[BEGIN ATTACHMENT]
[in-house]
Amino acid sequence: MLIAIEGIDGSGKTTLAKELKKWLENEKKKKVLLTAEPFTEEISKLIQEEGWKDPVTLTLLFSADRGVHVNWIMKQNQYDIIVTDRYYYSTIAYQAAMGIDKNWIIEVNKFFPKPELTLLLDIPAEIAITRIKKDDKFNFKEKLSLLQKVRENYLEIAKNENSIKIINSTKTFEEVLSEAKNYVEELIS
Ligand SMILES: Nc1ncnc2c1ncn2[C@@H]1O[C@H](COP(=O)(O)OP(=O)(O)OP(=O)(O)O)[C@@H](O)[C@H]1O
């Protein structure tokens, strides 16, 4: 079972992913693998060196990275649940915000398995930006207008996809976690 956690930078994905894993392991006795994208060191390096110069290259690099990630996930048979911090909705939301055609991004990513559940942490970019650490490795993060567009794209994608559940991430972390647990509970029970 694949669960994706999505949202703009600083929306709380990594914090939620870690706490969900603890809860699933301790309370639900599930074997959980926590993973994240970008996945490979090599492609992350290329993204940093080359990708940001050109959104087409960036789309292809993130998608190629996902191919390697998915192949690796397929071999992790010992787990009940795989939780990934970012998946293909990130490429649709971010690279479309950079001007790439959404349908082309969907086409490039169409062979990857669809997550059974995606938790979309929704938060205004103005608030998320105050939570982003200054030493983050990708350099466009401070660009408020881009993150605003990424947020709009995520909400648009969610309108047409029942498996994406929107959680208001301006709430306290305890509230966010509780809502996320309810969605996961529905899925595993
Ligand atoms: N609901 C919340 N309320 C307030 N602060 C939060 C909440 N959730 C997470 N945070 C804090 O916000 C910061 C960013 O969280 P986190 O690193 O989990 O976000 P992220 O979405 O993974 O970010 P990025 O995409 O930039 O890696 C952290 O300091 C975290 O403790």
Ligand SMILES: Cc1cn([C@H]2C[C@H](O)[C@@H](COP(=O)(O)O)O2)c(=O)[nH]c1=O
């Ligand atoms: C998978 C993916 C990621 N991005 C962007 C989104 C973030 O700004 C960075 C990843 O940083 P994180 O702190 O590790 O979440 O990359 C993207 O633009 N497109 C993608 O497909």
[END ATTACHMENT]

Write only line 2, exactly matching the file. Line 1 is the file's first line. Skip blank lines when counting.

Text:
Amino acid sequence: MLIAIEGIDGSGKTTLAKELKKWLENEKKKKVLLTAEPFTEEISKLIQEEGWKDPVTLTLLFSADRGVHVNWIMKQNQYDIIVTDRYYYSTIAYQAAMGIDKNWIIEVNKFFPKPELTLLLDIPAEIAITRIKKDDKFNFKEKLSLLQKVRENYLEIAKNENSIKIINSTKTFEEVLSEAKNYVEELIS